First day at the Pan Africa annual review meeting: learning and reflections

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This was my first, but unfortunately, probably the last annual review meeting of the CLTS Pan Africa Programme. We started the day with introductions and ice-breakers followed by updates from the different countries that a part of the project. It was great to hear how the different country officers have been implementing CLTS as well as changes they have made following the Plan ODF Sustainability Study. From the different presentations two things really stood out:

Re-Verification Celebrations in Ethiopia
The first was re-verification celebrations being used in one district in Ethiopia. To tackle the problem of communities not sustaining ODF status Plan Ethiopia have been holding annual celebrations. Like people celebrate their birthday’s communities come together and hold an annual event to celebrate when they become ODF. This could really help make sure that communities continue to use toilets and wash hands and make sure momentum and commitment is maintained.

Ghana’s 5 step ODF Verification Protocol
Secondly was the ODF verification protocol used in Ghana. At first the community self-verify which is followed by certification by the district and then by the Ministry of Local Government and Rural Development. To complete these three steps of verification communities are required to be ODF however what is different in the Ghana case is that only a minimum of 80% of households have had to have constructed latrines. Sharing of latrines between families is also accepted. After communities are declared ODF then they aim to become sanitised communities, where everyone has a toilet, and then a sustainably sanitised community. Reflecting on this I think it may strengthen the CLTS process. Staggering targets makes the process more manageable and less daunting and hopefully more likely to create sustainable ODF communities.

Urban CLTS
In the afternoon we had a really interesting session on Urban CLTS (UCLTS). There is a clear demand for understanding and people are interesting in designing and implementing UCLTS projects. The discussion touched on a number of important points. One of these points was the need to create a common understanding of what sanitation is. In the urban context it is not always about tackling open defecation but also looking at the other ways faeces enters the environment, such as ‘flying toilets’. Consequently, generating an agreement on what is being tackled is important. Other problems for conducting UCLTS brought up included the problem of absentee landlords, by-laws outlawing the use of pit latrines, the need to include Faecal Sludge Management (FSM) and the transient nature of many urban communities.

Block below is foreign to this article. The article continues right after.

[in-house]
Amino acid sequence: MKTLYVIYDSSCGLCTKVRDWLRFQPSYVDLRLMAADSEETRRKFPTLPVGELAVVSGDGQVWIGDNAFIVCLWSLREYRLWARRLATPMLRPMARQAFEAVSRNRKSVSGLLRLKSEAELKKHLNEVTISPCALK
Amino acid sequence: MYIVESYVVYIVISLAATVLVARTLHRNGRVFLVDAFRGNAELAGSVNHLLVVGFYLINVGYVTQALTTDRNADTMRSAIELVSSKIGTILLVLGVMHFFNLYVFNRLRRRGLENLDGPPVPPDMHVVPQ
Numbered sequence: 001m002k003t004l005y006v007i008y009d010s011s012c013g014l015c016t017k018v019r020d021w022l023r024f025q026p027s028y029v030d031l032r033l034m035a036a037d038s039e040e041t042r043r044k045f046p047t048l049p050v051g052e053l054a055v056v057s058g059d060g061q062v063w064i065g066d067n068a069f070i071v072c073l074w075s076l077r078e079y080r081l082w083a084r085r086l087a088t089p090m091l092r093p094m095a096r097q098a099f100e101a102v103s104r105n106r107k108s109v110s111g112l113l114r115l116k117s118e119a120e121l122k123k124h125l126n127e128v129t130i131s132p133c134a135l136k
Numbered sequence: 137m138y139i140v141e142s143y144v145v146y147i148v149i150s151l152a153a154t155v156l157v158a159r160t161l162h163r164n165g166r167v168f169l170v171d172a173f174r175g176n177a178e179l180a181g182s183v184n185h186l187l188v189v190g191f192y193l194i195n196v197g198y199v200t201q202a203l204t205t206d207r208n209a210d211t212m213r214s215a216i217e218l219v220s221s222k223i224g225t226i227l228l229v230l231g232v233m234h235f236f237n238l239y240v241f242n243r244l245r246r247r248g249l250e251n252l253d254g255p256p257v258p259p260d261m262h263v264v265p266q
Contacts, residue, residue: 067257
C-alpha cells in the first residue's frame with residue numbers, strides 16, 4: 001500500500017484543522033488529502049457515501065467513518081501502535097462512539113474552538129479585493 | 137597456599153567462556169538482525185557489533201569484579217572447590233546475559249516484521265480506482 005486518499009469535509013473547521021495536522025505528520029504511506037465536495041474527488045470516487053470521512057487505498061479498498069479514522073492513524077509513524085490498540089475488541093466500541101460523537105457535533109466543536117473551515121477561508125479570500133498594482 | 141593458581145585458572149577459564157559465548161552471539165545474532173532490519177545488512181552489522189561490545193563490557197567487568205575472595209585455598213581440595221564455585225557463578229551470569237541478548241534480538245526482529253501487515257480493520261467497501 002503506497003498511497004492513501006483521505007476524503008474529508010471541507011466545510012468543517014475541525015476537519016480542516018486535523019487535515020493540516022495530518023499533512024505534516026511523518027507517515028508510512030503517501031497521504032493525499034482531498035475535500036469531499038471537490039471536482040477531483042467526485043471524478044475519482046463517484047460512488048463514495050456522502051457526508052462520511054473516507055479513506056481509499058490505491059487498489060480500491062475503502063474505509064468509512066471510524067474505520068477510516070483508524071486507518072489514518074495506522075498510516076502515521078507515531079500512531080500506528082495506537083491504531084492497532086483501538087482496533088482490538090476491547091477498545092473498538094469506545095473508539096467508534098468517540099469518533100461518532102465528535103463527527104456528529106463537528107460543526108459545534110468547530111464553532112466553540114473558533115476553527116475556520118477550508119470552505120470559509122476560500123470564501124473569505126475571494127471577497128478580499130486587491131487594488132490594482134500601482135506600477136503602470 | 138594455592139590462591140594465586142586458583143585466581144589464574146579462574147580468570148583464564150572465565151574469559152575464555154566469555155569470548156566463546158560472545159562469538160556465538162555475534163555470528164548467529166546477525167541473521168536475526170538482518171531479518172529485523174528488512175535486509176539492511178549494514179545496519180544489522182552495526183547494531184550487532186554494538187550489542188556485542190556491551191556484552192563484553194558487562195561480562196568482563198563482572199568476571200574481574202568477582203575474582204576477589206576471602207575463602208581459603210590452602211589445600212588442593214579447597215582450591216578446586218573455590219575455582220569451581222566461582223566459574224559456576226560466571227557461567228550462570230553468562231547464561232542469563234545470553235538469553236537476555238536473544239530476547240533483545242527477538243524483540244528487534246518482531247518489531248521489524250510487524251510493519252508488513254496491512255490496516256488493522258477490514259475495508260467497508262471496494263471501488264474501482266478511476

The more I learn about UCLTS the more I begin to believe that some of the problems faced at the beginning of the UCLTS process could help overcome the second and third generation problems facing CLTS in rural settings. Here are some examples:

  1. Faecal sludge management: a subject needed to be faced by UCLTS from the beginning, although rural programmes have been able to ignore FSM up to now. However, what to do once the pits are full is an issue that can effect sustainability.
  2. Post-ODF government involvement: UCLTS involves local governments from the beginning, learning best practices for engaging with government and getting them involved could inform government contribution to post-ODF activities in rural programmes. 
  3. Dealing in heterogeneous communities: ways to bring diverse communities together could help in the designing of activities in rural communities with a history of conflict.
  4. Starting on the middle rung: due to by-laws pit latrines are not always legally acceptable consequently the latrines constructed must be on the middle of the sanitation ladder. Rural projects have also seen a number of problems of pit latrines these include collapsing latrines and the contamination of groundwater. Therefore understanding the systems needed to build more durable and high standard latrines has the potential to have a really positive effect on rural communities either starting on a middle rung or climbing the sanitation ladder.

These indicate the importance of documenting and learning from current UCLTS projects. Not just to inform those wishing to implement UCLTS but those grappling with some of the problems of rural CLTS.

There are still many problems associated with CLTS in both rural and urban environments. Meetings like this provides the opportunity to draw on different experiences and reflect on my own opinion. It also gives a platform for the sharing and harvesting of innovations not just being currently implemented but those that are developing and have yet to take shape.

Jamie Myers is a Research Officer at the CLTS Knowledge Hub at IDS.

Date: 13 March 2015
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Pan Africa